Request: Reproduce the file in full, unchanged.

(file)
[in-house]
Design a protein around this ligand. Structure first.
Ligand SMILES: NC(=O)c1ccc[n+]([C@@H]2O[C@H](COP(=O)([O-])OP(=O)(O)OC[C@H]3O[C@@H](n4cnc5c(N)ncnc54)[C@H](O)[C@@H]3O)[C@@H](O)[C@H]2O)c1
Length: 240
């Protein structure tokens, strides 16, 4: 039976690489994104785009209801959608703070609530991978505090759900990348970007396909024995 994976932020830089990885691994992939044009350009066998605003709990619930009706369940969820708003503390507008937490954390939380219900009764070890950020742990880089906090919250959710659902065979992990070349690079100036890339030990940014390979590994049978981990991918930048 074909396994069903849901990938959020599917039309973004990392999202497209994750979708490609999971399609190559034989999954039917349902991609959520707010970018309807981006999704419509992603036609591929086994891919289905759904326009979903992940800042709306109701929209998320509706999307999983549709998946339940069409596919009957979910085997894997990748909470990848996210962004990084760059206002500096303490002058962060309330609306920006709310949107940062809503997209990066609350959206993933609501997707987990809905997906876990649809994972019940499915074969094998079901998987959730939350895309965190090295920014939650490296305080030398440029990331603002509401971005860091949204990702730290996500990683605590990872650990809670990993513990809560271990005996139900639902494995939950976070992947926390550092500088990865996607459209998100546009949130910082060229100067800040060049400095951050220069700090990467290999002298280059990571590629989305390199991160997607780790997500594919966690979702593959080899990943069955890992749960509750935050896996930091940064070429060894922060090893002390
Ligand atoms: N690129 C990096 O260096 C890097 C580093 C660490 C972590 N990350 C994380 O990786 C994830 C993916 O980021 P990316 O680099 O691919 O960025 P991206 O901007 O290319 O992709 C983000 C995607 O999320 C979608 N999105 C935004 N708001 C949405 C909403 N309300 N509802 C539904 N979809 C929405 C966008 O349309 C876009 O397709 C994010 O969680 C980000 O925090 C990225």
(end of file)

[in-house]
Design a protein around this ligand. Structure first.
Ligand SMILES: NC(=O)c1ccc[n+]([C@@H]2O[C@H](COP(=O)([O-])OP(=O)(O)OC[C@H]3O[C@@H](n4cnc5c(N)ncnc54)[C@H](O)[C@@H]3O)[C@@H](O)[C@H]2O)c1
Length: 240
């Protein structure tokens, strides 16, 4: 039976690489994104785009209801959608703070609530991978505090759900990348970007396909024995 994976932020830089990885691994992939044009350009066998605003709990619930009706369940969820708003503390507008937490954390939380219900009764070890950020742990880089906090919250959710659902065979992990070349690079100036890339030990940014390979590994049978981990991918930048 074909396994069903849901990938959020599917039309973004990392999202497209994750979708490609999971399609190559034989999954039917349902991609959520707010970018309807981006999704419509992603036609591929086994891919289905759904326009979903992940800042709306109701929209998320509706999307999983549709998946339940069409596919009957979910085997894997990748909470990848996210962004990084760059206002500096303490002058962060309330609306920006709310949107940062809503997209990066609350959206993933609501997707987990809905997906876990649809994972019940499915074969094998079901998987959730939350895309965190090295920014939650490296305080030398440029990331603002509401971005860091949204990702730290996500990683605590990872650990809670990993513990809560271990005996139900639902494995939950976070992947926390550092500088990865996607459209998100546009949130910082060229100067800040060049400095951050220069700090990467290999002298280059990571590629989305390199991160997607780790997500594919966690979702593959080899990943069955890992749960509750935050896996930091940064070429060894922060090893002390
Ligand atoms: N690129 C990096 O260096 C890097 C580093 C660490 C972590 N990350 C994380 O990786 C994830 C993916 O980021 P990316 O680099 O691919 O960025 P991206 O901007 O290319 O992709 C983000 C995607 O999320 C979608 N999105 C935004 N708001 C949405 C909403 N309300 N509802 C539904 N979809 C929405 C966008 O349309 C876009 O397709 C994010 O969680 C980000 O925090 C990225």